Issues such as the inability for companies to buy-back interests of stakeholders, lack of liquidity and the requirement for unanimous consent on transfers all combine to stop exits and conversely encourage stakeholder argument. These issues can be circumvented in a trust by enabling either the trustee to have the discretion to, or to be required to, allow exits based upon a cashing out of beneficial interests in a manner which is not possible under normal ‘on-shore’ company rules without reference to external controls.
Certainty of outcome
Whilst many families are perhaps comfortable with trusts through their holding of assets in other jurisdictions, the imposition of a trust to hold assets in the UAE may still be a leap into the unknown and understandably concerns may be had as to the lack of wider recognition of such arrangements. It is comforting to know, therefore, that it is possible, in a well-structured trust arrangement, to ensure that disputes arising in respect of the trust have reference to the courts of the DIFC, staffed with predominantly common law judges trained and well versed in trust law doctrines and practice, rather than the ‘on-shore’ local courts which are not so experienced in trust law.
It is also possible, before there is any reference to court, to include mediation or another similar conciliatory option as the means of dispute resolution, the court being the least appropriate forum for the resolution of family disputes. If mediation fails, the last resort can be a compulsory and confidential arbitration process under the rules of the DIFC-LCIA Arbitration Centre.
Whilst a well drafted trust deed produced by expert advisors should provide adequately for the possibility of longevity and therefore most likely outcomes, it is almost impossible to document every possible issue that may arise as the facts and circumstances of the family’s arrangements change over the years. However, if unforeseen gaps or circumstances emerge in the operation of family arrangements, trust law doctrines and jurisprudence developed over time make available to the adjudicator the possibility to chart a course and enable the trust to accommodate such issues. Consequently, the settlor of the trust can be assured that their arrangements will be respected by the ultimate arbiter of any dispute.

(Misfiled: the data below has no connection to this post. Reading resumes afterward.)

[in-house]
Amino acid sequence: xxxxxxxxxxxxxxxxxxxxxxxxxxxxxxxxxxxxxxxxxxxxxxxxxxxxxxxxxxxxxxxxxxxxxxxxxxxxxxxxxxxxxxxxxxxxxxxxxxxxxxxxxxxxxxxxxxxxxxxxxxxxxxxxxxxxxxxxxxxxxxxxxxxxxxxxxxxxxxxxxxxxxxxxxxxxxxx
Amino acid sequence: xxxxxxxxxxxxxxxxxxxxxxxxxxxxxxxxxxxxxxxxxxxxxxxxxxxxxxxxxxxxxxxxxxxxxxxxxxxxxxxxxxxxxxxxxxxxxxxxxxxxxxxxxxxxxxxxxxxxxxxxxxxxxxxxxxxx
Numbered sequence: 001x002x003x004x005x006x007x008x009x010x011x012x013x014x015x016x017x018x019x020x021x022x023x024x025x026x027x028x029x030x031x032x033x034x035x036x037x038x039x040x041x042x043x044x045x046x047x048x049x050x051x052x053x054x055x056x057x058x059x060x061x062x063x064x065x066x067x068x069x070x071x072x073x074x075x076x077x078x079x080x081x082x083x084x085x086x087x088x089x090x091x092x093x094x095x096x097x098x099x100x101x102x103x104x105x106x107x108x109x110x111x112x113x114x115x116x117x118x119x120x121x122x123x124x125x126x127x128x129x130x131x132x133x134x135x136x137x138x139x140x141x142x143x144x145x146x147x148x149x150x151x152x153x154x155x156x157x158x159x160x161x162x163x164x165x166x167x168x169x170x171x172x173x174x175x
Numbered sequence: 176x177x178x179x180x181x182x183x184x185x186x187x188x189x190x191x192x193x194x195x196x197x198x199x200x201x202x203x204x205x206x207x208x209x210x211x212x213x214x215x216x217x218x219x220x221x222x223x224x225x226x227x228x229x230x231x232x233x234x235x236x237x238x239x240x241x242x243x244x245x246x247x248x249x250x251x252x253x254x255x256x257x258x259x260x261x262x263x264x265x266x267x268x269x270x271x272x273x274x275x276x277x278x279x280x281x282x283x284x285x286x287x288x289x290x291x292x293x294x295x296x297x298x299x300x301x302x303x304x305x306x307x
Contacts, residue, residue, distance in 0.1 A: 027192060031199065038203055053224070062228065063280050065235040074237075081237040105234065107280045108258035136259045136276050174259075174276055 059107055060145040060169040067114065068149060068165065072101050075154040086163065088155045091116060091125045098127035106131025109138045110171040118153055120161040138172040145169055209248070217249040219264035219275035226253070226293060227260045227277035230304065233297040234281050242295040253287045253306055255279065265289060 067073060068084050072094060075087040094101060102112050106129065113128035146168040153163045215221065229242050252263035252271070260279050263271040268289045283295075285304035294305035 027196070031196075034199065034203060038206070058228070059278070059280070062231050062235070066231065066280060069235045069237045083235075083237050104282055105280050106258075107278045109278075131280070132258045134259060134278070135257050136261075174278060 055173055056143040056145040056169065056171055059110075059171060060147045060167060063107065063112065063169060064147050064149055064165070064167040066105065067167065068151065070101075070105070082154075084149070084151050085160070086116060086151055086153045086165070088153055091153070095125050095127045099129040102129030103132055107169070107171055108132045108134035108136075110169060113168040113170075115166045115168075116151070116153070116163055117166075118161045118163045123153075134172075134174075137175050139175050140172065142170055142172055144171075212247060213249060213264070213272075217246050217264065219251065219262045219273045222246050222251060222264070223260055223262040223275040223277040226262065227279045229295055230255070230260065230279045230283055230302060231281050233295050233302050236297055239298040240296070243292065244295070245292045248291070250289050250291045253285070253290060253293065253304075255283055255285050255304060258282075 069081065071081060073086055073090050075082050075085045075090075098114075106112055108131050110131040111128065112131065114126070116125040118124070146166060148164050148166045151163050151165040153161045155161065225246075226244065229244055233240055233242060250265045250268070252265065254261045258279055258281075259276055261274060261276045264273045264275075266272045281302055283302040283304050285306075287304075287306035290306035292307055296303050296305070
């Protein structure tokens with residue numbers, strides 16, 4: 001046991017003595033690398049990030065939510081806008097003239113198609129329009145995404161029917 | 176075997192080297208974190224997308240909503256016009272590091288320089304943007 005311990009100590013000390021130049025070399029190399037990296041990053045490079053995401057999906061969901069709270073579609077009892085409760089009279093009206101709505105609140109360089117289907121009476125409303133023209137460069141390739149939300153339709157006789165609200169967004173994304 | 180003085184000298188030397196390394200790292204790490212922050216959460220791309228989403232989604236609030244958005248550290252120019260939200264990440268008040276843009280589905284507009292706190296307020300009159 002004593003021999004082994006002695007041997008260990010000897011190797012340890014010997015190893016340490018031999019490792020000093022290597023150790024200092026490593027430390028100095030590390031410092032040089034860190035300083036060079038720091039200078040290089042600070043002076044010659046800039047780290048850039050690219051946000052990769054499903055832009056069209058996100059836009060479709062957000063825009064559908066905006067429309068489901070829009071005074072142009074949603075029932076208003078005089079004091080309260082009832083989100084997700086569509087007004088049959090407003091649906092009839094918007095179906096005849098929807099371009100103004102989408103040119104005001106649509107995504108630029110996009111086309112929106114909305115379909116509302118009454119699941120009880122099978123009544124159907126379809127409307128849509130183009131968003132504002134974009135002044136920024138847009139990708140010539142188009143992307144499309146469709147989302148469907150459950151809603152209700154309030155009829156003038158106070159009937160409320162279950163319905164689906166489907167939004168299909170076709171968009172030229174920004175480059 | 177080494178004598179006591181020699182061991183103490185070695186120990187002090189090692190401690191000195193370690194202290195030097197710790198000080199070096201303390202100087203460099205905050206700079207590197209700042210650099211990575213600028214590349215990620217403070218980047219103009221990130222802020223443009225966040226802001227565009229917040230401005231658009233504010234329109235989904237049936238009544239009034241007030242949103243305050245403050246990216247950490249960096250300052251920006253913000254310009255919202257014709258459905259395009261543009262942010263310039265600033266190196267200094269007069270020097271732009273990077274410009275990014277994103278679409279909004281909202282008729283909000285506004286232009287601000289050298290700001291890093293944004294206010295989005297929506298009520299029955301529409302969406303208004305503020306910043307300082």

Confidentiality and Disclosure
Whilst the recent inclusion of the UBO Regulations in 2018 in the DIFC means that a DIFC trust cannot be used to shield from the regulators assets which would otherwise be disclosable in any event ‘on-shore’ in the UAE, the regulator does recognise that family trust arrangements are private, and as such the documentation can remain confidential with no obligation to disclose to any interested person and no requirement to notify any public body (subject to the UBO Regulations) of day-to-day movements in the trust.
The establishment and administration of a trust is a complex matter but in the DIFC and likewise in ADGM in Abu Dhabi families have the advantage of drawing upon a premier network of expert legal and accounting services to deliver the services families need. The vast majority of businesses in the Middle East are family owned and for those families that wish to retain the significant proportion of their ownership and governance in the UAE, the DIFC and ADGM offer attractive options to operate family trusts from a UAE platform.
Al Tamimi & Company’s Family Business practice regularly advises on trust arrangements and other related matters. For further information, please contact Richard Catling (firstname.lastname@example.org) or Nawal Abdelhadi (email@example.com).